But critics say it sends the wrong message to the nation’s youth and fear it will lead to serious public health and social problems.

“There will still need to be a black market to serve people who are ineligible to buy on a legal market, especially kids,” said Kevin Sabet of Smart Approaches to Marijuana. “It’s almost the worst of both worlds.”

Medical marijuana to be available in Canada on open market.

Ailing Canadians were only hours away from being able to legally buy marijuana for medical purposes on the free market, officials said Monday.

As of Tuesday, Health Canada will phase out a system of homegrown marijuana for a factory-style operation that will grow, package and distribute a variety of marijuana, the Toronto Star reported Sunday.

 About 37,400 patients use medical marijuana, Health Canada says. That number is expected to rise to as many as 450,000 by 2024.

The sanctioned growers are required to raise the plants indoors and have vaults and security systems to prevent thefts of their products, which could be sold on the black market. One firm plans to initially produce 20 strains.

Recreational use of marijuana will still be banned.

Since June, 156 companies have applied for licenses. The first two were awarded last week.

Under the system being phased out, about 4,200 people were licensed to grow marijuana on their property for no more than two patients each. That type of cottage industry will now be banned. The Royal Canadian Mounted Police has charged such operations were fronts for illegal activity.

The price of legal weed is expected to soon undercut the stuff sold on the streets, where it goes for about $10 a gram, or about $280 an ounce. Health Canada projects the factory-grown marijuana will retail next year for about $7.60 a gram, or $215 an ounce. Within 10 years, industry revenues are projected to reach $1.3 billion a year.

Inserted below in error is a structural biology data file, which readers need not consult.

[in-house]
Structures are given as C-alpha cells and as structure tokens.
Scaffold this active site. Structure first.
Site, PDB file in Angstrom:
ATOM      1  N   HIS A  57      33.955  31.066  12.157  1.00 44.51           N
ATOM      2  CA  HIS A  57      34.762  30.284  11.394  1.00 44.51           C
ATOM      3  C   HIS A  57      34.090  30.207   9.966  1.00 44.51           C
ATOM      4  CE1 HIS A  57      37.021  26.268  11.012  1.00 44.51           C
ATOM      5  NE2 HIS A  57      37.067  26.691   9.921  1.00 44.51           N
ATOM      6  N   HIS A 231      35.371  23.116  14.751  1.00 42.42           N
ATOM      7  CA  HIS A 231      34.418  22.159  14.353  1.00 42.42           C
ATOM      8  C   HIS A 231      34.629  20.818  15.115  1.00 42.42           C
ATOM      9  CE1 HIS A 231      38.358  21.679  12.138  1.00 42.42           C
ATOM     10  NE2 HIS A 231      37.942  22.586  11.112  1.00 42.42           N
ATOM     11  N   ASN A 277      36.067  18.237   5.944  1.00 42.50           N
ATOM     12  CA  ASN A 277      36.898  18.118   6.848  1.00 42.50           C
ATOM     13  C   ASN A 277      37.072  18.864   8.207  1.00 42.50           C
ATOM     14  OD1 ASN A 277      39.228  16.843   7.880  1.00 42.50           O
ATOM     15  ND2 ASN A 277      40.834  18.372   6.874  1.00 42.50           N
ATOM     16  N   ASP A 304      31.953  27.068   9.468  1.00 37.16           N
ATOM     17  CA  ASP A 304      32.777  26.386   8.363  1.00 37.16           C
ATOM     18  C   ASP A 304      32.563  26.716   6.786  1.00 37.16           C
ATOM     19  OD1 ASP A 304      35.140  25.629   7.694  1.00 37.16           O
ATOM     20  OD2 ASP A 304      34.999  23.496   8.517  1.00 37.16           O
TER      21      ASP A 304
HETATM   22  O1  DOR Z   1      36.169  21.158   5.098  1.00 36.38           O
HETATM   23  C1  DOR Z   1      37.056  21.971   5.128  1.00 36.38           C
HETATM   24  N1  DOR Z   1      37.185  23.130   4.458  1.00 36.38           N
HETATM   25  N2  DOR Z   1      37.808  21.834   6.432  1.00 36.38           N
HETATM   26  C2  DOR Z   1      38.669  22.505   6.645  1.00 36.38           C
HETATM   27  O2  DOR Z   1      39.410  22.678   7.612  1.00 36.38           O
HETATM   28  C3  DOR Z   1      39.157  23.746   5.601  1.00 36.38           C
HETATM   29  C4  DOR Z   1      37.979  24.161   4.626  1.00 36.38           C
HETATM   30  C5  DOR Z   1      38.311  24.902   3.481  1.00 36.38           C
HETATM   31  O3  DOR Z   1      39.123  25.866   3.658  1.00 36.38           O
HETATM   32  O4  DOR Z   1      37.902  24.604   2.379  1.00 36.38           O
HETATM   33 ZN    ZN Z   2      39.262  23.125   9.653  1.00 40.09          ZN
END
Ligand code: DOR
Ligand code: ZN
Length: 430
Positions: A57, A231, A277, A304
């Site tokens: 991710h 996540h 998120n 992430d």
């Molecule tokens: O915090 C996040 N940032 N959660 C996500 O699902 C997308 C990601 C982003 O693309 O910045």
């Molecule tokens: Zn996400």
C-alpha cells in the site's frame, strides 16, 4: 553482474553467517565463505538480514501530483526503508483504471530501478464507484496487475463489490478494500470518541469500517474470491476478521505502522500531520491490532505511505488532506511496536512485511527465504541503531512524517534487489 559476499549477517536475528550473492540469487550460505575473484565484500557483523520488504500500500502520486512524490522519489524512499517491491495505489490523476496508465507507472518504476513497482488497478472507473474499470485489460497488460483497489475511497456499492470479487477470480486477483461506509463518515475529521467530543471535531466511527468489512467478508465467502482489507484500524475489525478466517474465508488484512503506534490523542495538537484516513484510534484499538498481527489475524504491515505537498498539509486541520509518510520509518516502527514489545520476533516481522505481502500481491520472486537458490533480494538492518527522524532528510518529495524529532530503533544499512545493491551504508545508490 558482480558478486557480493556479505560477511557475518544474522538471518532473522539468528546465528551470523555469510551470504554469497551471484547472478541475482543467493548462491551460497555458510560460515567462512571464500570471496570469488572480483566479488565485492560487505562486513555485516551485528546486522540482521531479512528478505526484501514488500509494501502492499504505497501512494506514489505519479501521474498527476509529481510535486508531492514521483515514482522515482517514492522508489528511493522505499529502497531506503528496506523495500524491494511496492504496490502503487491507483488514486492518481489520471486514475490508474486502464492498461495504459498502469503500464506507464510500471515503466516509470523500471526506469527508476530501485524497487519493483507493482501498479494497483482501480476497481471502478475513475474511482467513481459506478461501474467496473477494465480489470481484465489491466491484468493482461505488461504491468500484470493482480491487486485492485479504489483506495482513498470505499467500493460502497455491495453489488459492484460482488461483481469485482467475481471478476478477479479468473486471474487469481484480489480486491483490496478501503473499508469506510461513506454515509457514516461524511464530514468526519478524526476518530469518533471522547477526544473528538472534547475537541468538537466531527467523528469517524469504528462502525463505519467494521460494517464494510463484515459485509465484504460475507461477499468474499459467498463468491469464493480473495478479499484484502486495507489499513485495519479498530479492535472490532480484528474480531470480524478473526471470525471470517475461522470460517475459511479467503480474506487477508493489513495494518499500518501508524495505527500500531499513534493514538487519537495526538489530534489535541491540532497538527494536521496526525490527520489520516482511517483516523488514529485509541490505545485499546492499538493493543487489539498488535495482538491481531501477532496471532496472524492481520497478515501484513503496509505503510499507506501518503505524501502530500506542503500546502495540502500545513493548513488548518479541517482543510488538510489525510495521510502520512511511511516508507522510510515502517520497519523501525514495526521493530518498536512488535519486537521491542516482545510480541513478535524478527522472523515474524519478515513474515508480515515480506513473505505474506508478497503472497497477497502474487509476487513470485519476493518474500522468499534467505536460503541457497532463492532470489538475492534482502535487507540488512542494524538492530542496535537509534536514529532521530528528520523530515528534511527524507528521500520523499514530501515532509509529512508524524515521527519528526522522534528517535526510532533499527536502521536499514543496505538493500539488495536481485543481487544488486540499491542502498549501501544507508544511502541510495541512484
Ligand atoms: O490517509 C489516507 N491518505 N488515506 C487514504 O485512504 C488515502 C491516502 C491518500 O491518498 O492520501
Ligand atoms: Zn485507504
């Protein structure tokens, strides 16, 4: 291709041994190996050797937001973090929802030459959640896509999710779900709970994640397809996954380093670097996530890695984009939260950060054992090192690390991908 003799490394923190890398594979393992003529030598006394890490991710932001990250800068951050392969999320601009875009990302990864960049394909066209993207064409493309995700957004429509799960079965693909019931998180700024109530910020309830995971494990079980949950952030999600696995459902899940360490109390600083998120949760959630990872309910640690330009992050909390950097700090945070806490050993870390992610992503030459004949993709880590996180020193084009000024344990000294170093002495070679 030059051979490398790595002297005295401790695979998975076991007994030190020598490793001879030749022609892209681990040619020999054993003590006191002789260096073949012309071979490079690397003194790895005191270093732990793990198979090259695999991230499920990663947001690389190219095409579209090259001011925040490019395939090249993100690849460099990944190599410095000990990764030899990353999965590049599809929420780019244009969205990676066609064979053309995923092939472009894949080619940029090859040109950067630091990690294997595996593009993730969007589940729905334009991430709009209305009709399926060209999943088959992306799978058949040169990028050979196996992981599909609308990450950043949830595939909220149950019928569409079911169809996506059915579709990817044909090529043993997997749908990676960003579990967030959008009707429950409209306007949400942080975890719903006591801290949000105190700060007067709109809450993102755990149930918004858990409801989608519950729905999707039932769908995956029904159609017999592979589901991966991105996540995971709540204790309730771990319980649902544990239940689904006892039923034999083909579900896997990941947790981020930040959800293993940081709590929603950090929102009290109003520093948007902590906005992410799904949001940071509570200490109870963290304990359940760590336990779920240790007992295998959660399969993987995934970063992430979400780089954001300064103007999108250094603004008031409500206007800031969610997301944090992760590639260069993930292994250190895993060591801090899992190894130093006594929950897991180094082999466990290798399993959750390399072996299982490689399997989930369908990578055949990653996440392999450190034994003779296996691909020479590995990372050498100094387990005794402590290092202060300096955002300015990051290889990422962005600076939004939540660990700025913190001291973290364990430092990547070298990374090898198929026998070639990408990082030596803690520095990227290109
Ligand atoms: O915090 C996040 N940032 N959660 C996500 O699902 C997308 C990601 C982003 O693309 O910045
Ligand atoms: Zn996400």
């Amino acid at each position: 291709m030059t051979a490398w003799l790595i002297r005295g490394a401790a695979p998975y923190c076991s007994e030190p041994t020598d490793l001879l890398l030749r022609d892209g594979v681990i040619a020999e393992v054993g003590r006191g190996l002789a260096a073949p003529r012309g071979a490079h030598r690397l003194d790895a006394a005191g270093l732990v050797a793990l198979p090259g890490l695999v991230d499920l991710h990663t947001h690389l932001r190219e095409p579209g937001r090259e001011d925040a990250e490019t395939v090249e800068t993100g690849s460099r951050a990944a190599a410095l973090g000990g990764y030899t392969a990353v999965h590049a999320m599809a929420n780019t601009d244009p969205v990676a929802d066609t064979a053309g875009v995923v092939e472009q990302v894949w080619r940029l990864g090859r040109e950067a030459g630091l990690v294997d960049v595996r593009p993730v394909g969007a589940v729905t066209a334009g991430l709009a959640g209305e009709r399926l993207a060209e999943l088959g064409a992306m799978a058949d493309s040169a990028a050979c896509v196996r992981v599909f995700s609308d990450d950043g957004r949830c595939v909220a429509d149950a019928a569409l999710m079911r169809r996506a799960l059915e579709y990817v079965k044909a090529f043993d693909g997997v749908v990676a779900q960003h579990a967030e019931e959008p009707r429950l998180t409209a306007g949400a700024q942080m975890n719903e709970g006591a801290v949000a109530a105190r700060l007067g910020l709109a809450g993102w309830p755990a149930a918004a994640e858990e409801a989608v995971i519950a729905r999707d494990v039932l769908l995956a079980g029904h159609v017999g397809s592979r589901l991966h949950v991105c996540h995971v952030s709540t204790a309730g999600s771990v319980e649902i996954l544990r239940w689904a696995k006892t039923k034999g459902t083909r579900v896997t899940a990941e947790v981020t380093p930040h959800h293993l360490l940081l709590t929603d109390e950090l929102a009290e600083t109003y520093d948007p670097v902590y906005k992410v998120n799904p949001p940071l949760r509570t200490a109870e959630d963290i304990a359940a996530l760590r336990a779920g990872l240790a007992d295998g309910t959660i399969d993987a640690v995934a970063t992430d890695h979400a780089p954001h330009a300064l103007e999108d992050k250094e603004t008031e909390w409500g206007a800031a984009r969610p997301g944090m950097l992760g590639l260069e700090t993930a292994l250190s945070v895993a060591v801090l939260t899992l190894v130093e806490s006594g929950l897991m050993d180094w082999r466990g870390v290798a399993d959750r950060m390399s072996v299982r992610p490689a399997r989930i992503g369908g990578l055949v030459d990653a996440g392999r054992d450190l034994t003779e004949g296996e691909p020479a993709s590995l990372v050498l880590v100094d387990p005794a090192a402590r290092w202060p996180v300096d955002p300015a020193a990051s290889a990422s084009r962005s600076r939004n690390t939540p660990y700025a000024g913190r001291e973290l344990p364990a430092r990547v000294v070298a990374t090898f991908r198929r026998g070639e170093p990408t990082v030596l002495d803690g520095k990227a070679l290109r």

Sophie Galarneau, a senior Health Canada official, said she expects competition to eventually get the price down to $3 a gram, or about $85 an ounce.



Marijuana Cuts Lung Cancer Tumor Growth In Half, Study Shows.

The active ingredient in marijuana cuts tumor growth in common lung cancer in half and significantly reduces the ability of the cancer to spread, say researchers at Harvard University who tested the chemical in both lab and mouse studies.

They say this is the first set of experiments to show that the compound, Delta-tetrahydrocannabinol (THC), inhibits EGF-induced growth and migration in epidermal growth factor receptor (EGFR) expressing non-small cell lung cancer cell lines. Lung cancers that over-express EGFR are usually highly aggressive and resistant to chemotherapy.

THC that targets cannabinoid receptors CB1 and CB2 is similar in function to endocannabinoids, which are cannabinoids that are naturally produced in the body and activate these receptors. The researchers suggest that THC or other designer agents that activate these receptors might be used in a targeted fashion to treat lung cancer.

“The beauty of this study is that we are showing that a substance of abuse, if used prudently, may offer a new road to therapy against lung cancer,” said Anju Preet, Ph.D., a researcher in the Division of Experimental Medicine.

Acting through cannabinoid receptors CB1 and CB2, endocannabinoids (as well as THC) are thought to play a role in variety of biological functions, including pain and anxiety control, and inflammation. Although a medical derivative of THC, known as Marinol, has been approved for use as an appetite stimulant for cancer patients, and a small number of U.S. states allow use of medical marijuana to treat the same side effect, few studies have shown that THC might have anti-tumor activity, Preet says. The only clinical trial testing THC as a treatment against cancer growth was a recently completed British pilot study in human glioblastoma.

In the present study, the researchers first demonstrated that two different lung cancer cell lines as well as patient lung tumor samples express CB1 and CB2, and that non-toxic doses of THC inhibited growth and spread in the cell lines. “When the cells are pretreated with THC, they have less EGFR stimulated invasion as measured by various in-vitro assays,” Preet said.